“I personally feel optimistic, cautiously optimistic,” he said, pointing to data showing that 66% of respondents said their agencies are taking positive steps. Among the most common actions are improved diversity, equity and inclusion efforts; attempts to hire more BIPOC; and having more BIPOC in leadership. Nearly all respondents said a lack of diversity in executive levels remains a problem, however.

The survey validates what many BIPOC working in the industry already know, said Joshua Richards, director, creative technology at John St. and part of the POCAM steering committee, who touched on some of the findings’ key implications. While this has been on ongoing discussion within the BIPOC community, Richards said that data was necessary to bring about real change.

“Employers must take the impact of microaggressions in the workplace on BIPOC mental health seriously,” said Richards. “From my personal experience, I can tell you how frustrating, how exhausting and how embarrassing it is to be singled out or insulted because of your race and ethnicity. It makes it difficult to be comfortable sharing ideas authentically, especially when those microaggressions are from people you report to or from people in leadership.”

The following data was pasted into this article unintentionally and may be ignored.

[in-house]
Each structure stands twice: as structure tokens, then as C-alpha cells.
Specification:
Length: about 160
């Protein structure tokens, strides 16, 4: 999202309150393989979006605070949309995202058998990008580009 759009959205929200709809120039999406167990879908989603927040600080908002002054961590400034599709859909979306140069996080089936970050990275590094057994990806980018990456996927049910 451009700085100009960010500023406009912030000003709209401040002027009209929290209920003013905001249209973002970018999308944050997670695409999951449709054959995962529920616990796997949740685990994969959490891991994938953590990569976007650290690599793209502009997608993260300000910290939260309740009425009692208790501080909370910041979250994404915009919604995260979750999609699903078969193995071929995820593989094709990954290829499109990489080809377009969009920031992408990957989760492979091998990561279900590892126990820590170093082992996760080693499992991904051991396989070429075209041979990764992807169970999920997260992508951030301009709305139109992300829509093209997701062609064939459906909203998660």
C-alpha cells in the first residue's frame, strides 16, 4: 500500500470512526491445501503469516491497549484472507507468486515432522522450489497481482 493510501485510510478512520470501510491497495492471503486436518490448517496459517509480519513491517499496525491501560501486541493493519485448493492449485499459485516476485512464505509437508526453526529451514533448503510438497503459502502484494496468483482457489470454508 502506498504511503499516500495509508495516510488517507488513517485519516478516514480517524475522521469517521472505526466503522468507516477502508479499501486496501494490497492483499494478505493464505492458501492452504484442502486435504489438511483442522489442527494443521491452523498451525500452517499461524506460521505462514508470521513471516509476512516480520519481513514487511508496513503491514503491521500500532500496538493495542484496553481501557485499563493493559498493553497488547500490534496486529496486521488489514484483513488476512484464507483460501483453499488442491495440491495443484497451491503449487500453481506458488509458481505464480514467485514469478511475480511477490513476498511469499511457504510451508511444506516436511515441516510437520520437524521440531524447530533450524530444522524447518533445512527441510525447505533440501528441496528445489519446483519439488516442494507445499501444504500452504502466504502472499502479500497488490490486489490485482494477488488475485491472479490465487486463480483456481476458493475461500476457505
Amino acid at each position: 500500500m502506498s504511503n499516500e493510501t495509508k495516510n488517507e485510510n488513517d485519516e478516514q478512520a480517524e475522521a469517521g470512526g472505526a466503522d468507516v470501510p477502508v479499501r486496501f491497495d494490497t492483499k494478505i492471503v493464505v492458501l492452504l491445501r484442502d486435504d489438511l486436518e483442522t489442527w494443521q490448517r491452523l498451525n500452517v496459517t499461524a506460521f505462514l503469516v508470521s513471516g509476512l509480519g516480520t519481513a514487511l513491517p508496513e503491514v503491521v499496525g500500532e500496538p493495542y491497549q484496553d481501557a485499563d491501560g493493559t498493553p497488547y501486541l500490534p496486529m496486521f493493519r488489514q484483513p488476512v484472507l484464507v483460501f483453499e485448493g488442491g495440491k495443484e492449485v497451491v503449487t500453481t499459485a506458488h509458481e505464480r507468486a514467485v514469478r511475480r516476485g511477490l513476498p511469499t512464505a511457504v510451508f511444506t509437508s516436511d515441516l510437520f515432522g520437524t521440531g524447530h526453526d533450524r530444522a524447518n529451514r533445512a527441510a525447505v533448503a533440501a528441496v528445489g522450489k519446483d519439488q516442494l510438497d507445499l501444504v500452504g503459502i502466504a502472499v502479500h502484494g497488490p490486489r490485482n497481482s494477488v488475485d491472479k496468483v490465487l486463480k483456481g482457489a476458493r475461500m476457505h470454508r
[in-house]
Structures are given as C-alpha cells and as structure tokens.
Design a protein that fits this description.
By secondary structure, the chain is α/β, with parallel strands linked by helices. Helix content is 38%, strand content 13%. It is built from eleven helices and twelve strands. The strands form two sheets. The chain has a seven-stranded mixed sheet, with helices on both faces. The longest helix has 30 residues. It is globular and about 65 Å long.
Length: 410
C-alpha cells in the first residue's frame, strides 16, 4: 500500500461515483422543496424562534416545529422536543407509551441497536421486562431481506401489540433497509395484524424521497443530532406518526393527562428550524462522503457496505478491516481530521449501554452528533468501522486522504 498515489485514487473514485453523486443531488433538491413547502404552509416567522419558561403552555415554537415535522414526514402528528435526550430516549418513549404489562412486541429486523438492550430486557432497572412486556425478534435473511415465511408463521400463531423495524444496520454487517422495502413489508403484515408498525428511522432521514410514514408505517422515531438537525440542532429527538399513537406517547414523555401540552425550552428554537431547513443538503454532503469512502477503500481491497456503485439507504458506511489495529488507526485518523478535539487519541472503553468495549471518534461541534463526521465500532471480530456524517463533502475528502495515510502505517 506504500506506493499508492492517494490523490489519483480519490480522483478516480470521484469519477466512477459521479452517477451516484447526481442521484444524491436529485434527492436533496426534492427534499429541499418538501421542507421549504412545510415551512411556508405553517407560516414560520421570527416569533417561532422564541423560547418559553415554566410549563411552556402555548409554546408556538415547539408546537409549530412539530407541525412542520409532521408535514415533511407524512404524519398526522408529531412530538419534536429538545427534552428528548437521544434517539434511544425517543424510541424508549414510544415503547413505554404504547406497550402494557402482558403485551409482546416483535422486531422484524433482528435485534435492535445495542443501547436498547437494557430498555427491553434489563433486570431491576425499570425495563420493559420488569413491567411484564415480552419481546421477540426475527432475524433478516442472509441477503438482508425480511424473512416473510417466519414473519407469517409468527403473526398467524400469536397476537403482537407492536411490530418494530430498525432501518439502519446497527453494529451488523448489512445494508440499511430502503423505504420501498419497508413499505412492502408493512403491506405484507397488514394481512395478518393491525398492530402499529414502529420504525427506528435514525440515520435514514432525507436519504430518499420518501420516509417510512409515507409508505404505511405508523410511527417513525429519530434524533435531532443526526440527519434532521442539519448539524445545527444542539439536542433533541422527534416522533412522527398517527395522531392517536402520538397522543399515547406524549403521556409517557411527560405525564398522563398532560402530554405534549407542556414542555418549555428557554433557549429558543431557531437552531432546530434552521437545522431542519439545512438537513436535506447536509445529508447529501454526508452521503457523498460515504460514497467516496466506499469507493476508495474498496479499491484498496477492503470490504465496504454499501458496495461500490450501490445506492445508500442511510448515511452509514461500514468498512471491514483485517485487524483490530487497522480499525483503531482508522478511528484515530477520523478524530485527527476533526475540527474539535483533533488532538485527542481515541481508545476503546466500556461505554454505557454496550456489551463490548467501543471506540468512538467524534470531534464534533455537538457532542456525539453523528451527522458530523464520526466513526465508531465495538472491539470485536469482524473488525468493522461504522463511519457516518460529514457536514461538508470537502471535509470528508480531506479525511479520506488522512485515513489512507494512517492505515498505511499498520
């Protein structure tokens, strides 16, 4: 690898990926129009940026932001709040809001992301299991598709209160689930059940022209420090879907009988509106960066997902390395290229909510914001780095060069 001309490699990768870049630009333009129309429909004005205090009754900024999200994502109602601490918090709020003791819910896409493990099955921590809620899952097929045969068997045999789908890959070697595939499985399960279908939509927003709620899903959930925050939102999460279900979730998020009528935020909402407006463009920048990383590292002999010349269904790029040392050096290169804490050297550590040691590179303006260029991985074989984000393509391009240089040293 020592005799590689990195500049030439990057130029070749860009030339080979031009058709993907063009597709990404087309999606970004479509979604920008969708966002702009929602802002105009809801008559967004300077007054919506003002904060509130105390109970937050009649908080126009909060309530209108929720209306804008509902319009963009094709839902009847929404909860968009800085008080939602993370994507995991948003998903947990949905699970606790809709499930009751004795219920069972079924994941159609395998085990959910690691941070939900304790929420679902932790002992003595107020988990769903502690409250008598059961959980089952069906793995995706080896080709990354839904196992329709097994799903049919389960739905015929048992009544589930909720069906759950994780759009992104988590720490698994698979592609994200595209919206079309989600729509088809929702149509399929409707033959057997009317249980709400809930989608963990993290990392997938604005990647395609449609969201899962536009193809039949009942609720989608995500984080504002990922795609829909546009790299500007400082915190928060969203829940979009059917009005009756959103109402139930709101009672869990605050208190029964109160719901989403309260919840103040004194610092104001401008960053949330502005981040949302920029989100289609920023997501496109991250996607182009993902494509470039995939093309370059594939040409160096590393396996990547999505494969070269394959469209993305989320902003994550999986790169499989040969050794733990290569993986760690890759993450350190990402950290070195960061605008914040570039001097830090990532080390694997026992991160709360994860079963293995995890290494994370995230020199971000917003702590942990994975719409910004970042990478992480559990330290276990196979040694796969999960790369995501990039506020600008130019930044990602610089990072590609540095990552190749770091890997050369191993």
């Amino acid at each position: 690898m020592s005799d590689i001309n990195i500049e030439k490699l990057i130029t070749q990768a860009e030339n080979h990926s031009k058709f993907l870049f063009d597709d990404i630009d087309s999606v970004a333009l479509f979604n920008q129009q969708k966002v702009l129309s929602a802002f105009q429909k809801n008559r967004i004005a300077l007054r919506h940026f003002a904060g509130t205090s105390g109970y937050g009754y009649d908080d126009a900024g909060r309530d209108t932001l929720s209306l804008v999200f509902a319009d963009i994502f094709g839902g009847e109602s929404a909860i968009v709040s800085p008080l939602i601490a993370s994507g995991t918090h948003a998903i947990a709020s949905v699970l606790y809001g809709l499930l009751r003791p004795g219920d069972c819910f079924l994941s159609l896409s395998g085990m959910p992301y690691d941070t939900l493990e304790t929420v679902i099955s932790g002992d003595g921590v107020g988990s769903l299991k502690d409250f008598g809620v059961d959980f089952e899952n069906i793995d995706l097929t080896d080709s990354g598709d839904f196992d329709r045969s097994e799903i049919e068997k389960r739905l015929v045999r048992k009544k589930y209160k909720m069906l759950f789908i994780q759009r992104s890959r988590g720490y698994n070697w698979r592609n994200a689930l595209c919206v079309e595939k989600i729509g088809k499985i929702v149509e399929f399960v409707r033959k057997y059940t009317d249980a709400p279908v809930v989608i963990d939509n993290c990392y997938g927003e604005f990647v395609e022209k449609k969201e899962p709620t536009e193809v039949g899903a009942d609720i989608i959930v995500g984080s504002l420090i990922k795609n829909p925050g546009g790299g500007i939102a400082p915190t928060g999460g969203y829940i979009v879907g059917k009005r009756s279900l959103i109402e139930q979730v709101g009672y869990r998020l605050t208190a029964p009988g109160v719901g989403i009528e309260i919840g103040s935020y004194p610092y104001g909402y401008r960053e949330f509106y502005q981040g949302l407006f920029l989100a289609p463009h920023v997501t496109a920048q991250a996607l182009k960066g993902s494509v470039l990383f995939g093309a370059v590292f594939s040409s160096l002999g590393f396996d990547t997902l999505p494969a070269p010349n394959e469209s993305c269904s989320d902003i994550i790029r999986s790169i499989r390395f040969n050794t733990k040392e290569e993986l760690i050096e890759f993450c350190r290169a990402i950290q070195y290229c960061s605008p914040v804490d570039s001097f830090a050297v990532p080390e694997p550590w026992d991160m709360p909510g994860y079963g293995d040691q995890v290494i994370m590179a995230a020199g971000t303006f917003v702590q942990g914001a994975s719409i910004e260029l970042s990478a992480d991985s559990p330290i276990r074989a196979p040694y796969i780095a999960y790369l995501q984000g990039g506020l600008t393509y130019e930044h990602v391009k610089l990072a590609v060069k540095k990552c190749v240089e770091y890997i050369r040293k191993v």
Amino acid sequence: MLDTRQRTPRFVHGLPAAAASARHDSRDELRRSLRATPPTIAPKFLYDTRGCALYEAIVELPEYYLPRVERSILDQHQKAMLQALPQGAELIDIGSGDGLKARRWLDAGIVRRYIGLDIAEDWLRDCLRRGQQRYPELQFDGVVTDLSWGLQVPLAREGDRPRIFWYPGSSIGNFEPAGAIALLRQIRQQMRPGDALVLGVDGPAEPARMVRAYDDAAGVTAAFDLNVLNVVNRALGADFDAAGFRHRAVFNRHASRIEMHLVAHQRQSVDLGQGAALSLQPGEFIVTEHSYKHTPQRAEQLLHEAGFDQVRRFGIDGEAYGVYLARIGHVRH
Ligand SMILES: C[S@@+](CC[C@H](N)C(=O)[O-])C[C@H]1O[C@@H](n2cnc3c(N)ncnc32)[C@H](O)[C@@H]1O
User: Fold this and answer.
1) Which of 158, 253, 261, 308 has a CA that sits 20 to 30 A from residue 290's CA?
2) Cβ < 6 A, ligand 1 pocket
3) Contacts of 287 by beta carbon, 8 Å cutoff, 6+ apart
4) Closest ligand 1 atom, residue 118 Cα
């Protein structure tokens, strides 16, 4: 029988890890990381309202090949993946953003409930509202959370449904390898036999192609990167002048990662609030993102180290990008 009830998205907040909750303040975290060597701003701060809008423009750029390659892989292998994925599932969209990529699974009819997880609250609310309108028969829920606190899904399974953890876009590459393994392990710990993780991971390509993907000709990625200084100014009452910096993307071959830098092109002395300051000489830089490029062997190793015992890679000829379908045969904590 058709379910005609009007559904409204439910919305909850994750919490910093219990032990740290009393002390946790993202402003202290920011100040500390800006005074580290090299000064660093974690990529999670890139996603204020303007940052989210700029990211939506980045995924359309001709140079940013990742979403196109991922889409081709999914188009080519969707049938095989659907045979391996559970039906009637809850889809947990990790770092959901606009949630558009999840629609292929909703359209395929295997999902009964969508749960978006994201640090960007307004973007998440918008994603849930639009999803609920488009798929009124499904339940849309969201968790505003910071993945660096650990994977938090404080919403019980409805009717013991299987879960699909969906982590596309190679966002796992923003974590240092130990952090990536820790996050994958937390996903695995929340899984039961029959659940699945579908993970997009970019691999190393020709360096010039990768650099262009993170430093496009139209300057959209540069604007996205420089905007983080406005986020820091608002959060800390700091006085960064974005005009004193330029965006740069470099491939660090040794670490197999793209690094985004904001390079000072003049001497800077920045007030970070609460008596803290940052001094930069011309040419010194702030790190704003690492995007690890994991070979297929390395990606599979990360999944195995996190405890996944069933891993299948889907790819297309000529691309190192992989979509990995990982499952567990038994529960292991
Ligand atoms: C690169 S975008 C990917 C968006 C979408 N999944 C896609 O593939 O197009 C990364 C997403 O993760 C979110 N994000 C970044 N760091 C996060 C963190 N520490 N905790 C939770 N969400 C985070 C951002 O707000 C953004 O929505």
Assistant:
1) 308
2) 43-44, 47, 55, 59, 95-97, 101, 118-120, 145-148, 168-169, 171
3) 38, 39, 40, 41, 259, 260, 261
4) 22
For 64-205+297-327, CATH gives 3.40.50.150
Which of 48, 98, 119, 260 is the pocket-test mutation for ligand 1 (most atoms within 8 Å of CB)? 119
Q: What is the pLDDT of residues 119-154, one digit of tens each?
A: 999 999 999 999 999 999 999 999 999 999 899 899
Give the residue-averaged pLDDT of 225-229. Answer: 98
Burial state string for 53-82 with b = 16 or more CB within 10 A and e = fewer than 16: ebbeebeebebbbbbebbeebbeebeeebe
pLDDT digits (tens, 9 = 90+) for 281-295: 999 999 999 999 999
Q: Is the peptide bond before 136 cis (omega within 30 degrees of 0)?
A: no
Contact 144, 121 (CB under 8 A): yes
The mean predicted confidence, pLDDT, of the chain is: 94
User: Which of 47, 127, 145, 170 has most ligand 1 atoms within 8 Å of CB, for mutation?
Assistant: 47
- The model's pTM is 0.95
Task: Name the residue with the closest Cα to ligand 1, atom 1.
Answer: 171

Employers need to develop training and policies to create safe workplaces that allow BIPOC employees to feel comfortable being their authentic selves at work, he said.

There is also a need for more sponsors and mentors, said Richards. “Mentors to teach the skills and provide feedback, and sponsors to really assist in navigating the politics and the systems that stop you from moving ahead,” he said.

Third, companies need to be held accountable for the lack BIPOC in executive roles. “We need to remind our companies and executive teams that it is their responsibility to ensure their agencies are safe spaces, with equal opportunities given BIPOC professionals.”

Introducing the study, Julian Franklin, a member of the POCAM steering committee, explained that the motivation underlying the research was to better understand the lived experience for BIPOC professionals in Canada. “It was to fill a gap that we saw in not having the industry properly showcase what our voices meant in advertising and marketing. There was nothing there when we said ‘What are our voices saying? What are our perspectives,'” he said. “This is your story… It’s now the industry’s job to listen.”

David Brown